Walkers set witches record on Pendle Hill
A new world record for the most people dressed as witches in one place has been set on the 400th anniversary of the Pendle witch trials in Lancashire.
Four hundred and eighty-two people set the new record, which has never been previously attempted.
More than 1,000 people joined the Pendle Witch Walk to raise money for the Pendleside Hospice, Burnley.
To qualify for the record all witches had to be wearing a black pointed hat, black cloak and have a broom.
Guinness World Records said there was currently no similar record in place. The attempt was made under Guinness stipulations.
Lancaster witch trials
- Held at Lancaster Castle in August 1612
- Eleven Pendle people charged with murder by witchcraft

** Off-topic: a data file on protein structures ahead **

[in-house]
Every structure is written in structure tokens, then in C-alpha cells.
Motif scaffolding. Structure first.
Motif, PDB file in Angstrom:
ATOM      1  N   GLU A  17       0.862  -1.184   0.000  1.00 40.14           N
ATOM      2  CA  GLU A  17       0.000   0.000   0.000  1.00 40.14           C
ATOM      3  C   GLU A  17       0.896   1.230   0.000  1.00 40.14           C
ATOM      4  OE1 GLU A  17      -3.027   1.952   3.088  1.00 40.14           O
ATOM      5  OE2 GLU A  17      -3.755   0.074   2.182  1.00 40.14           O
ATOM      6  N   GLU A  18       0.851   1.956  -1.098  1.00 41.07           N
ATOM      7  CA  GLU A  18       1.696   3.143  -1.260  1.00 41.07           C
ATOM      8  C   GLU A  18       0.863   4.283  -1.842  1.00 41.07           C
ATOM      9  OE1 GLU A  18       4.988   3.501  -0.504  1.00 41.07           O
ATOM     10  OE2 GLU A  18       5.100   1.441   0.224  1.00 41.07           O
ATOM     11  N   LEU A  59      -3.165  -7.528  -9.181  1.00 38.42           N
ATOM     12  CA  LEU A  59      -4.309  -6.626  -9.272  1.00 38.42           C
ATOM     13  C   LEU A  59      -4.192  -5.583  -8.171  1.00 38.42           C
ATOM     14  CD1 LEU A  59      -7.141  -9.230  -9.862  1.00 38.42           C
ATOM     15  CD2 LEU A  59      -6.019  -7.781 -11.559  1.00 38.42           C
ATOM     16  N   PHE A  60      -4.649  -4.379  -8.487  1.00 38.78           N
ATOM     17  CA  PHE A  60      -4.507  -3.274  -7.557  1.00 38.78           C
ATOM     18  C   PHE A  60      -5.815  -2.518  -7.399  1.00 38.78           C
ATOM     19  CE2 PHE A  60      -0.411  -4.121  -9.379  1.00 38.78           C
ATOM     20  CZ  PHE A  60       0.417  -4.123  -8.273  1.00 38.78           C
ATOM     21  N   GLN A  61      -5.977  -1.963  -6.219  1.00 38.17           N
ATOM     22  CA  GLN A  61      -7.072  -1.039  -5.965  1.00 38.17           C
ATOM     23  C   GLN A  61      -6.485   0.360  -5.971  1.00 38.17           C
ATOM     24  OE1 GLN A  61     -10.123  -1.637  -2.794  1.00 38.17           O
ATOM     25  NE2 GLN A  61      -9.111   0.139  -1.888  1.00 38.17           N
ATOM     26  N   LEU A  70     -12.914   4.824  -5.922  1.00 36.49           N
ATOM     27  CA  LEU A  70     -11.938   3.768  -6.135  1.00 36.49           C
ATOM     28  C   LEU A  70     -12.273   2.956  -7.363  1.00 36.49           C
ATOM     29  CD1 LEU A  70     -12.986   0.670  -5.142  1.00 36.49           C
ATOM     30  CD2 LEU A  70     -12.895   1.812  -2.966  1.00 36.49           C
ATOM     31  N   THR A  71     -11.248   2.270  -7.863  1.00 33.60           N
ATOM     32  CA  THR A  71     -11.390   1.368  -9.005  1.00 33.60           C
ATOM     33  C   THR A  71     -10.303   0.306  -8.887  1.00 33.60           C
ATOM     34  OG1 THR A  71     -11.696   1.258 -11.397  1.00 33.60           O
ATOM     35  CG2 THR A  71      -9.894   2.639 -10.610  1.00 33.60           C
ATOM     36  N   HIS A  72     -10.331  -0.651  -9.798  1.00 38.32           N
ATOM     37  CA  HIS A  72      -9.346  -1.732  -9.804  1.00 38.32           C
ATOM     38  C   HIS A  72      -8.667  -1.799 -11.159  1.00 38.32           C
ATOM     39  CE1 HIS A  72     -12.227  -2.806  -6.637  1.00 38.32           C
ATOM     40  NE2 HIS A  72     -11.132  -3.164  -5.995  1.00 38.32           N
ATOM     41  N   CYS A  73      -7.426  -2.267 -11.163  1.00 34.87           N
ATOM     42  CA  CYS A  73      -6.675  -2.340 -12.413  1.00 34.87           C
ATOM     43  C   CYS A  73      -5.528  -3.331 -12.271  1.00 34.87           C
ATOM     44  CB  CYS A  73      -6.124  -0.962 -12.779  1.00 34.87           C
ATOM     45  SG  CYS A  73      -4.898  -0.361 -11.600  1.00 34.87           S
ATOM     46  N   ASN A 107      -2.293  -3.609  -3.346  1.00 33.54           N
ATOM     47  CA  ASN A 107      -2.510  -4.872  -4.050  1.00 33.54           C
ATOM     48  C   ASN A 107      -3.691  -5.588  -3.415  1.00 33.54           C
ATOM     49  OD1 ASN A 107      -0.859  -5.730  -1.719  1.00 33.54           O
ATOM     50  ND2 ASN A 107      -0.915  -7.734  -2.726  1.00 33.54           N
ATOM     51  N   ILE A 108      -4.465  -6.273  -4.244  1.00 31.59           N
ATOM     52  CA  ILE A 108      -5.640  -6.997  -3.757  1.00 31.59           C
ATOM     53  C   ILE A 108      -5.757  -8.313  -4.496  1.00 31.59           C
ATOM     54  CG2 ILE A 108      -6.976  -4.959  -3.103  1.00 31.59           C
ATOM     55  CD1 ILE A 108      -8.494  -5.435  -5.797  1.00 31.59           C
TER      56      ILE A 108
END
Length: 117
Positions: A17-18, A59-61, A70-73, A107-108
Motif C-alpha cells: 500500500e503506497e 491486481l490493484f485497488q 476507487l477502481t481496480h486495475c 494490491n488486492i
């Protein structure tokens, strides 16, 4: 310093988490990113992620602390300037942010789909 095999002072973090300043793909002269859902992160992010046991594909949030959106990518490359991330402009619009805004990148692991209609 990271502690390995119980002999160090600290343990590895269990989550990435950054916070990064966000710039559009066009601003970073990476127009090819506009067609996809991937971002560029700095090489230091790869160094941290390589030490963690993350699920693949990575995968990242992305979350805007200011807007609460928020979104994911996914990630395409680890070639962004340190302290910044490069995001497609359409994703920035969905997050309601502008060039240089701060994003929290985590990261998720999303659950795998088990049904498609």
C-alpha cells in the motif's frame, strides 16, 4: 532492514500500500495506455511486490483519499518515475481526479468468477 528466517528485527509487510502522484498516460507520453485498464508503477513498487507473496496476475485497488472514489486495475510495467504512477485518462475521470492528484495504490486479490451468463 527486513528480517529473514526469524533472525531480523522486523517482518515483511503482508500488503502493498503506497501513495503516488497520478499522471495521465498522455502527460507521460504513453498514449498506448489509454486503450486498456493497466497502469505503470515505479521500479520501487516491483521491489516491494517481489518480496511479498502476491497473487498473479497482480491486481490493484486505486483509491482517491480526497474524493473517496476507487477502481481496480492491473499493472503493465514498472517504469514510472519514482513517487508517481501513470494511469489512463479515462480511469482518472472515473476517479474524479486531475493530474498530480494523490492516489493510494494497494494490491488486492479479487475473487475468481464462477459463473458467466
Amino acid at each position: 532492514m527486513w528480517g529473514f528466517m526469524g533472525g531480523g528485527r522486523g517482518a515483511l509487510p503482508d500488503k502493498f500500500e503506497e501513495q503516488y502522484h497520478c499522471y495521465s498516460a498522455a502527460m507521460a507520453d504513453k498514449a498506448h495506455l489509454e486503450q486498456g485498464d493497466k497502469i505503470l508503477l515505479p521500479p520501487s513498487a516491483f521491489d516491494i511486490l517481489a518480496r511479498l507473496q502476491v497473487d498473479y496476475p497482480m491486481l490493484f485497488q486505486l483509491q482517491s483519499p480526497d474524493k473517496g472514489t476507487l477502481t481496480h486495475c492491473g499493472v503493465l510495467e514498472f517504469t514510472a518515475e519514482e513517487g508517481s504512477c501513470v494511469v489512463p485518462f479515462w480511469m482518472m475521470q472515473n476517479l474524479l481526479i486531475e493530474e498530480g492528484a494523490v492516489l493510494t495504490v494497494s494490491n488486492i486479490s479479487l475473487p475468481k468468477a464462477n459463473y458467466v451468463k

- Additional alleged Pendle witch tried at York Castle
- Ten found guilty and hanged, one died while awaiting trial, one found not guilty
- Trials made famous by publication of The Wonderfull Discoverie of Witches in the Countie of Lancaster (by clerk of the court Thomas Potts)
Organiser Julian Jordan said the witch trials were a sombre part of the area's history but the walkers wanted to show off the best of Pendle including "our glorious countryside, our magnificent hill and our tumultuous history".
He said the organisers hoped the walk would raise £30,000 for the hospice.
The walkers made a five-mile circular trek including the summit of the hill.
The two-day trials in 1612 led to 10 people being hanged at Gallows Hill in Lancaster, after being found guilty of causing death or harm by witchcraft.
Commemorative activities include the launch of a sculpture trail in the woods near the village of Barley.
There will also be guided tours at Lancaster Castle, where the accused were imprisoned.